Rudy Giuliani Tears into Michael Cohen’s ‘Ethics’ on Twitter and Finally Raises Privilege Complaint

After days of silence on the issue, Rudy Giuliani and his client President Donald Trump have both complained about Michael Cohen on Twitter. For Trump, the terminology was a little bit more of the same. For Giuliani, we may have a privilege claim sighting at last.

“If Cohen is telling the truth why are he and Lanny Davis misrepresenting the language from President Trump ‘Do not pay by cash…CHECK,'” Giuliani tweeted. “And why are they leaking falsely privileged and confidential information. So much for ethics!”

When Giuliani mentions the cash-check controversy he is referring to the disputed transcript of a secretly recorded conversation between Michael Cohen and Trump. The controversy boils down to whether or not Trump said Cohen should make a payment in cash.

Note that Giuliani also asks why Cohen and his lawyer Lanny Davis are leaking privileged and confidential information.

Over the past couple of days, there have been some questions raised about why Giuliani hadn’t been challenging the release of this recording between Trump and his then-lawyer Cohen on grounds that it is covered by attorney-client privilege.

It’s one thing for Giuliani to say that, but to actually challenge that, as Law&Crime reported, he’d be exposing himself to some risk. Trump and Giuliani would have to raise most legal objections to evidence in public. If they were to be shut down, it would embarrassing. Worse yet, if they disputed evidence that is covered by the “crime-fraud exception,” it would be damning.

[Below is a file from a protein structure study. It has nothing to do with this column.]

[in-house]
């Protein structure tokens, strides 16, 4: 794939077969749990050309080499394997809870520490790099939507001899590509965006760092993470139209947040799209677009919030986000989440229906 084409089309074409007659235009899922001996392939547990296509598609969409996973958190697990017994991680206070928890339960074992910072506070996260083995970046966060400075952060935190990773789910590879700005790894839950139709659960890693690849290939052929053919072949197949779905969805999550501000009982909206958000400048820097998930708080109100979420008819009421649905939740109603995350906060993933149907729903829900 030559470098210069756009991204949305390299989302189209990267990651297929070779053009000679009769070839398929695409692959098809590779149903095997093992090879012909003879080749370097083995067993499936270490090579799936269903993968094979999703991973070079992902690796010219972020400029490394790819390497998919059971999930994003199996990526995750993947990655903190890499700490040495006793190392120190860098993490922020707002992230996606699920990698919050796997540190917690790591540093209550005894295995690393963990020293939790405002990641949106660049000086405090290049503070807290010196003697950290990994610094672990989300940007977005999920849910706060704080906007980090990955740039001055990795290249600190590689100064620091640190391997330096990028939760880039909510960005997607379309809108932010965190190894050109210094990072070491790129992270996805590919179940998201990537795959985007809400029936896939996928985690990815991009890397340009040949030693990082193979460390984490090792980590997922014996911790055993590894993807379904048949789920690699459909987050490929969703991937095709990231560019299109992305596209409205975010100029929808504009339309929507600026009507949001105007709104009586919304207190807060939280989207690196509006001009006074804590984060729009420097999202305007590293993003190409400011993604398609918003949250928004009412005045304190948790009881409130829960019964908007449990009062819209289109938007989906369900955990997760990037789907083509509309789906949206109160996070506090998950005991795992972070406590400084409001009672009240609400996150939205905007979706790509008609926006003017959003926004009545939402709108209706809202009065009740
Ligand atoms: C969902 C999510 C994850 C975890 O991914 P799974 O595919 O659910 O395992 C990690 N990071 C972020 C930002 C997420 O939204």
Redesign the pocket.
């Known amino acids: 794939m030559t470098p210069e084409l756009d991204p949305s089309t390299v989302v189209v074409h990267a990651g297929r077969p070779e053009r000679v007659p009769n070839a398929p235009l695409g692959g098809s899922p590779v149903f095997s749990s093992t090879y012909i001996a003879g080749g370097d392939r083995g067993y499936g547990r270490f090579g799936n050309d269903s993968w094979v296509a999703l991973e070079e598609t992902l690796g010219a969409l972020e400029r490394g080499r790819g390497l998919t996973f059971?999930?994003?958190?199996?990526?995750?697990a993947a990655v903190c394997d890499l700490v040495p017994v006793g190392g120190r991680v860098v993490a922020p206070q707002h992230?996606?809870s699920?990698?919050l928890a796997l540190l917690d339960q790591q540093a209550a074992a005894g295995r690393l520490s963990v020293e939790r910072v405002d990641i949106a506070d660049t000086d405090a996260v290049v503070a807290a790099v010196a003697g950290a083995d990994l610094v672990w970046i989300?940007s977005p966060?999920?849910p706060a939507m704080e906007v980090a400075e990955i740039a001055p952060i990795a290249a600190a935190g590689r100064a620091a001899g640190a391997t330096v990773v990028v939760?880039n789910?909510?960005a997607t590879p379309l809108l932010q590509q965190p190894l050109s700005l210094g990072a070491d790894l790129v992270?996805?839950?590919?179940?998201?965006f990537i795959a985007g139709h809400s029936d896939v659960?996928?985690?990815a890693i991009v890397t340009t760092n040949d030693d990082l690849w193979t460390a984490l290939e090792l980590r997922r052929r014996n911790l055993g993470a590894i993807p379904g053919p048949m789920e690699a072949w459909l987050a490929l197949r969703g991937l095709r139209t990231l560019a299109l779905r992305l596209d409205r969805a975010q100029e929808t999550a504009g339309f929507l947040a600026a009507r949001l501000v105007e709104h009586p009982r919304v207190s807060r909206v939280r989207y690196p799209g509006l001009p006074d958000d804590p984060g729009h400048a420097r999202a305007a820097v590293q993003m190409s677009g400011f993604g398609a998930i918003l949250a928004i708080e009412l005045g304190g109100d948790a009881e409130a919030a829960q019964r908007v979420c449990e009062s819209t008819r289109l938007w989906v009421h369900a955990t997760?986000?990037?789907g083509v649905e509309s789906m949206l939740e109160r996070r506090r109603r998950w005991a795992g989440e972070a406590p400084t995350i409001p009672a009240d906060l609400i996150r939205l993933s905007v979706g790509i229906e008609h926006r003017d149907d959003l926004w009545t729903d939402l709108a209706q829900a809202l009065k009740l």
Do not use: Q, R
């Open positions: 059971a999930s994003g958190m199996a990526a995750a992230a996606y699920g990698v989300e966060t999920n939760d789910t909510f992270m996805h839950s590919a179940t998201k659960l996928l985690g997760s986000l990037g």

President Trump, as mentioned, also decided to chime in on the Cohen tape.

“What kind of a lawyer would tape a client? So sad! Is this a first, never heard of it before? Why was the tape so abruptly terminated (cut) while I was presumably saying positive things?” Trump asked. “I hear there are other clients and many reporters that are taped – can this be so? Too bad!”

Giuliani has said the the recording shows Trump did nothing wrong.

“Nothing in that conversation suggests that [Trump] had any knowledge of it in advance,” Giuliani has said. “In the big scheme of things, it’s powerful exculpatory evidence.”

The government now has 12 Cohen-related audio files in its hands.

[Image via Tasos Katopodis/Getty Images]

Matt Naham is managing editor of Law&Crime. He formerly worked as news editor and weekend editor at Rare.

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